Income protection tax change likely to affect your salary, benefits
23 March 2015
Posted by: Author: Laura du Preez
Author: Laura du Preez (Personal Finance)
Life assurance companies have responded differently to the
change in how income protection policies are taxed, which took effect at the
beginning of this month, and you should know how this could affect your
Income protection policies provide you with a monthly income
if you become disabled.
How your life assurer deals with the change could:
- Affect your take-home pay at the end of March;
- Boost your income protection benefits if you
- Result in an immediate reduction in your
premiums and benefits;
- Result in you eventually paying more for cover;
- None of the above.
The Taxation Laws Amendment Act of 2014 provides that, from March
1, income protection policy premiums will no longer be tax-deductible, while
the benefits paid by these policies will be tax-free.
The change harmonises the tax treatment of policies that
cover you for disability, death or severe illness, regardless of whether the
benefit is paid as a lump sum or a monthly income. The premiums paid on
policies that pay a lump sum in the event of death or disability are not
tax-deductible, but the benefits are tax-free.
Until the amendment took effect, income protection policies
were taxed differently.
If you took out an income protection policy in your name,
until this month you could deduct your premiums from your taxable income at the
end of the tax year. But you will not be able to claim this tax deduction at
the end of the 2015/16 tax year in February next year.
If you belong to a group income protection policy scheme
offered by your employer and your premiums are deducted from your salary, it is
likely that have enjoyed a tax deduction. The withdrawal of this tax deduction
will, from this month, result in an increase in your Pay As You Earn (PAYE) tax
and a decrease in your take-home pay.
Employee benefits company NBC Holdings says an employee who
pays a premium of R50 a month and who is on a marginal tax rate of 18 per cent
will see a reduction of R9 in his or her take-home pay.
Remember that the change to the marginal rates of tax, which
were announced in the Budget, could also result in an increase in the tax you
pay and a decrease in your monthly take-home pay at the end of March.
The change to the tax rates and to how income protection
policies are taxed will not affect you if you earn below the tax threshold,
which, for the 2015/16 tax year, is R73 650 a year for taxpayers under the age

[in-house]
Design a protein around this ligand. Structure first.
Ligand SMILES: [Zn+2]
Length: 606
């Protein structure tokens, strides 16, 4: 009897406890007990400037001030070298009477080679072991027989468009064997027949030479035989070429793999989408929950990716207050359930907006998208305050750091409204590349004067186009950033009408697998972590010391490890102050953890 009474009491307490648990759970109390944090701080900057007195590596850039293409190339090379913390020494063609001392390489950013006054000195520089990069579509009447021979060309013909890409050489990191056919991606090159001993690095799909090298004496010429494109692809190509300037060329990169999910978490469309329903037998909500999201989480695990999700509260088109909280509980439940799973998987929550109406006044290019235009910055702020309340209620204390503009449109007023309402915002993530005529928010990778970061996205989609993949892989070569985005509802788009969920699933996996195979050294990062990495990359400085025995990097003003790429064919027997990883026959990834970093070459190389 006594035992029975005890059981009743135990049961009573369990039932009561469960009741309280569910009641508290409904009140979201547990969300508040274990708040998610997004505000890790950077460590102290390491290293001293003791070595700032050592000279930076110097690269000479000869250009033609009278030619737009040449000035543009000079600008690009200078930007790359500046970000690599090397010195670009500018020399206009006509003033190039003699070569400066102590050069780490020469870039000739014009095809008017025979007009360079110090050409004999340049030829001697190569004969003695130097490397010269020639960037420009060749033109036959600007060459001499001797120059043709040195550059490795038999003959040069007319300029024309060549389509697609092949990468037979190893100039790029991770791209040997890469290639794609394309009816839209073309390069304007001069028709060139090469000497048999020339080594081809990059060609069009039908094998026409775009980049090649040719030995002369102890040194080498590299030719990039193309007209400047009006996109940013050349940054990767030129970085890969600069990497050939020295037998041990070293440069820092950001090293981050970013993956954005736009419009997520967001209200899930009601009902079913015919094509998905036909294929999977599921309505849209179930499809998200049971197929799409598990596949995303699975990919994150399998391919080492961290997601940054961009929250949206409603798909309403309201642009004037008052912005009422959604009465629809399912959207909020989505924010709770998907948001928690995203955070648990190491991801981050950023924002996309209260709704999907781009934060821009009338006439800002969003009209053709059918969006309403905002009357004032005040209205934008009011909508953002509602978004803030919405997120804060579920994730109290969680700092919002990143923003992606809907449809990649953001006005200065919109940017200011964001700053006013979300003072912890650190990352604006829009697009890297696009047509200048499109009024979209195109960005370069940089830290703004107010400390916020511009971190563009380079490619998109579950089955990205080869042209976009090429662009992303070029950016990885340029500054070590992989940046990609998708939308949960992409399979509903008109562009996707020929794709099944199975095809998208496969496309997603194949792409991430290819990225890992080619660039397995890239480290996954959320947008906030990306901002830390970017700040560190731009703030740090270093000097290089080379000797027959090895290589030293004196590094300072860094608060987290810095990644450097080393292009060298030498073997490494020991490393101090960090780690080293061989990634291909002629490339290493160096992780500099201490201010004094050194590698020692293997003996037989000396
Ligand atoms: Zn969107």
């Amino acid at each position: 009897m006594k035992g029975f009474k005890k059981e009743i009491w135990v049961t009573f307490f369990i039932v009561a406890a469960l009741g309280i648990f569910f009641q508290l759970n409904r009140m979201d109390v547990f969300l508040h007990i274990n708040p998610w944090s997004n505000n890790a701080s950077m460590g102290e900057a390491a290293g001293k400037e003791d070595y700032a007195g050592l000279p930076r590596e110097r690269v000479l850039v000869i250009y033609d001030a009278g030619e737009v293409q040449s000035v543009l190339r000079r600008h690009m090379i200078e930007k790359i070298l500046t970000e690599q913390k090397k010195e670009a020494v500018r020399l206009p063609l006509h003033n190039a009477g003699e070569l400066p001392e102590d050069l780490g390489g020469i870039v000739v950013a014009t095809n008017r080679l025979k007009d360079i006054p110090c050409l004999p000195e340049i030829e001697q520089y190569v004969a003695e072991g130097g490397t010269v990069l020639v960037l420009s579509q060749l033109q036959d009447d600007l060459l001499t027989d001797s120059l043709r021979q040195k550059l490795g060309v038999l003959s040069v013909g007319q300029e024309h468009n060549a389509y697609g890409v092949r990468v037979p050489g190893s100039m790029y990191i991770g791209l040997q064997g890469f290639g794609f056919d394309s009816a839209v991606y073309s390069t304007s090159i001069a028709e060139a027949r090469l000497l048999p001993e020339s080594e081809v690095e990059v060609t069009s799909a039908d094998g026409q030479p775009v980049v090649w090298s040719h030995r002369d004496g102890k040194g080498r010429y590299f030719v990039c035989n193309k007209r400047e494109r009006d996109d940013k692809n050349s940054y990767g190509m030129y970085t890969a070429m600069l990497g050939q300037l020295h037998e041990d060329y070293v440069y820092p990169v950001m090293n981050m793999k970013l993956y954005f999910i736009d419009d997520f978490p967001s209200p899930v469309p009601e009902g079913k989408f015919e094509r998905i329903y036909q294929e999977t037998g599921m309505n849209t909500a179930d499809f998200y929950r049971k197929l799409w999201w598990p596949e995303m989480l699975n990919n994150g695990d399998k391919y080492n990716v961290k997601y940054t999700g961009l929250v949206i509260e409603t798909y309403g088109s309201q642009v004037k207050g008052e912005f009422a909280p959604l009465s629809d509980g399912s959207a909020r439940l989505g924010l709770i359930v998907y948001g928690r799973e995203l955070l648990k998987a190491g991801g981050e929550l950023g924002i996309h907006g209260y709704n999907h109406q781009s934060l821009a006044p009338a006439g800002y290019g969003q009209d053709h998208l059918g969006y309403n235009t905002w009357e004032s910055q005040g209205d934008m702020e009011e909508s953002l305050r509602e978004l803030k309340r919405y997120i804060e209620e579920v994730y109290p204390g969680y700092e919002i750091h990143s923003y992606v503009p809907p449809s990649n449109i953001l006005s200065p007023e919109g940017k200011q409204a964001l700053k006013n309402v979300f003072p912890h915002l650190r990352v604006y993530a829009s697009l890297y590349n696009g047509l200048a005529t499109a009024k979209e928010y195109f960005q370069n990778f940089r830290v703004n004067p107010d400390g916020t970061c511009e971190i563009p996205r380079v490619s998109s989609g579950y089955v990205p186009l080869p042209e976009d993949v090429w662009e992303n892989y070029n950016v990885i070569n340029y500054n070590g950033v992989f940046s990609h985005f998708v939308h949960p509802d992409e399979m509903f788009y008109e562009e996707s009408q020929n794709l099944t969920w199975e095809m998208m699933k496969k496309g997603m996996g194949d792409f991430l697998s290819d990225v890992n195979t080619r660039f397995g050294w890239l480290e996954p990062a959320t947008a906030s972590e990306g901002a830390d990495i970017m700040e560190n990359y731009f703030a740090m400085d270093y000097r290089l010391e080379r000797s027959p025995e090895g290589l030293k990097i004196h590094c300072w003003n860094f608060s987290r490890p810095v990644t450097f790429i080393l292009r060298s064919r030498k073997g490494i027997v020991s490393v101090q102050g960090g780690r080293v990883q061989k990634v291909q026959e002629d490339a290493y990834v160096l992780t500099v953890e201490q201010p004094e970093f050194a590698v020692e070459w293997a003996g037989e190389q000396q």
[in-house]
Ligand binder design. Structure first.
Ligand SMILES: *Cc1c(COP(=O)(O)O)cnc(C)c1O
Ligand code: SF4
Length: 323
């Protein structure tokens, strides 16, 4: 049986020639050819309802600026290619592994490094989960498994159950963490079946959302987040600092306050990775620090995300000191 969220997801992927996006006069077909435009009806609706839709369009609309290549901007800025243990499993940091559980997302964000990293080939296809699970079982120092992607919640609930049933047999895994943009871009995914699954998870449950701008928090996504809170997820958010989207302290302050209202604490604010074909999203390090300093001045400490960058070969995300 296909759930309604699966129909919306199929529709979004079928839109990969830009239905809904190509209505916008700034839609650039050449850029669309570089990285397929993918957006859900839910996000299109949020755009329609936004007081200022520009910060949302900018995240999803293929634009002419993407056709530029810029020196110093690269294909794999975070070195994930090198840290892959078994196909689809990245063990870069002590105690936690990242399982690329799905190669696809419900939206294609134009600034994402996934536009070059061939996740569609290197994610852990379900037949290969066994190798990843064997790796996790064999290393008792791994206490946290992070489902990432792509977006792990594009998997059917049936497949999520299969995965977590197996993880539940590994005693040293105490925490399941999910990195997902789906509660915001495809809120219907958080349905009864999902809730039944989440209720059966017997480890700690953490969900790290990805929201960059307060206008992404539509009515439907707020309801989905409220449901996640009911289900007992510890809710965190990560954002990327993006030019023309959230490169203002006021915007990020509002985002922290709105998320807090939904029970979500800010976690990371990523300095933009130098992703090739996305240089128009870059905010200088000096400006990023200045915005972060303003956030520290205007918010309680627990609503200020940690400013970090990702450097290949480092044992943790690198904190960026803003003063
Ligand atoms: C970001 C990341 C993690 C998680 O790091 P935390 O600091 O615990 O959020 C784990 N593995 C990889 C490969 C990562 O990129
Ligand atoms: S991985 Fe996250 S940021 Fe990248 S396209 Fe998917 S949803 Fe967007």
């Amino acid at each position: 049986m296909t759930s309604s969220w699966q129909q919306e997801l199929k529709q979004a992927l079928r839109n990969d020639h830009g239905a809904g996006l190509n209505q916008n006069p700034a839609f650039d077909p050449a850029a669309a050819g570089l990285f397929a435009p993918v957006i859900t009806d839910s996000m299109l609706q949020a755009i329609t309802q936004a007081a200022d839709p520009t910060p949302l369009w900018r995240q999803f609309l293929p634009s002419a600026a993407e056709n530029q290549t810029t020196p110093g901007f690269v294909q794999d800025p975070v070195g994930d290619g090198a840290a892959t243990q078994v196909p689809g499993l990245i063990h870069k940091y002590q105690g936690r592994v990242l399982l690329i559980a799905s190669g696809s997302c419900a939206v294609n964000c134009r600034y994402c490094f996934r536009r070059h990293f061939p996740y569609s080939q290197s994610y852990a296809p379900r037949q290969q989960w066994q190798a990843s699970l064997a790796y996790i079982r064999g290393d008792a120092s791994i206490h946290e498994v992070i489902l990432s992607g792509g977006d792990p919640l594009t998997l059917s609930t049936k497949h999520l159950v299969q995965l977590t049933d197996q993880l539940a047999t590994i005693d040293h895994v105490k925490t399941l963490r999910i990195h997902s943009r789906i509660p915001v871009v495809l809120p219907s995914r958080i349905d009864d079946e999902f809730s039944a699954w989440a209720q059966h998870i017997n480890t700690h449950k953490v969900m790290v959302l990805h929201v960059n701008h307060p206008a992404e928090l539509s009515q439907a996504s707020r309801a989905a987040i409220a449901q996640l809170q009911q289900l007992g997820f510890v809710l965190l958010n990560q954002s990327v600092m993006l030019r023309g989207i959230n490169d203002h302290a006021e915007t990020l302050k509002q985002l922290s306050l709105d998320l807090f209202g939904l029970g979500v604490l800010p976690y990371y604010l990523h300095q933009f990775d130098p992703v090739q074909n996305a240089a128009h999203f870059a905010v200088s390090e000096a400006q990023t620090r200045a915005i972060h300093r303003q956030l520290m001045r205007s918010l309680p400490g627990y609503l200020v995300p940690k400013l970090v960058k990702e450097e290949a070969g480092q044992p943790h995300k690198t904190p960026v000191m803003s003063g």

If you are unable to work and have successfully claimed on
an income protection policy, your income may increase, because the benefit will
no longer be taxed. However, there will be no change if your income is below
the tax threshold or if your life assurer limits the amount paid out to you to
75 per cent of your after-tax income.
If your benefit will increase as a result of the switch to
tax-free benefits, the extent of the increase will depend on your marginal tax
rate: the more you earn and the higher your tax rate, the more you will get
out, Rowan Burger, the executive for the large corporate segment at Momentum,
Using the 2014/15 tax rates, a person who earns R1 million a
year, for example, and who is on a marginal rate of 40 per cent, will see his
or her benefit payout boosted by 48 per cent. On the other hand, someone who
earns R223 625 a year and who pays tax at 25 per cent, will see his or her
payout increase by 12 per cent with the switch to tax-free benefits, Burger
Most South Africans are woefully underinsured for both death
and disability, so the increase in the amount you could receive from an income
protection policy could be a welcome boost to your finances.
Many individuals with stand-alone policies cannot afford the
premiums, or do not commit enough financially to this cover, while many
employees who belong to group income protection schemes are underinsured
because of the way in which the benefit is calculated.
Brice Salence, the head of insurance pricing and reinsurance
for group risk at Momentum Employee Benefits, says most employers that offer
group disability cover base the contributions on pensionable salary – the
salary on which your retirement fund contributions are based. If you receive
cost-to-company remuneration, your pensionable salary is typically 80 per cent
of your cost-to-company salary.
Therefore, your disability benefit is typically calculated
as 75 per cent of your pensionable salary, or 75 per cent of 80 per cent of
your cost-to-company salary. Salence says the result is that most employees end
up with a disability benefit that is 60 per cent of their cost-to-company
salary, or an income replacement ratio of 60 per cent. This is generally
insufficient to meet the financial needs of a disabled claimant, she says.
Many people, particularly higher-income earners, should
therefore benefit from the change in the tax status of any benefits paid from
income protection policies, because the potential disability benefit will be
more closely aligned to their current monthly income.
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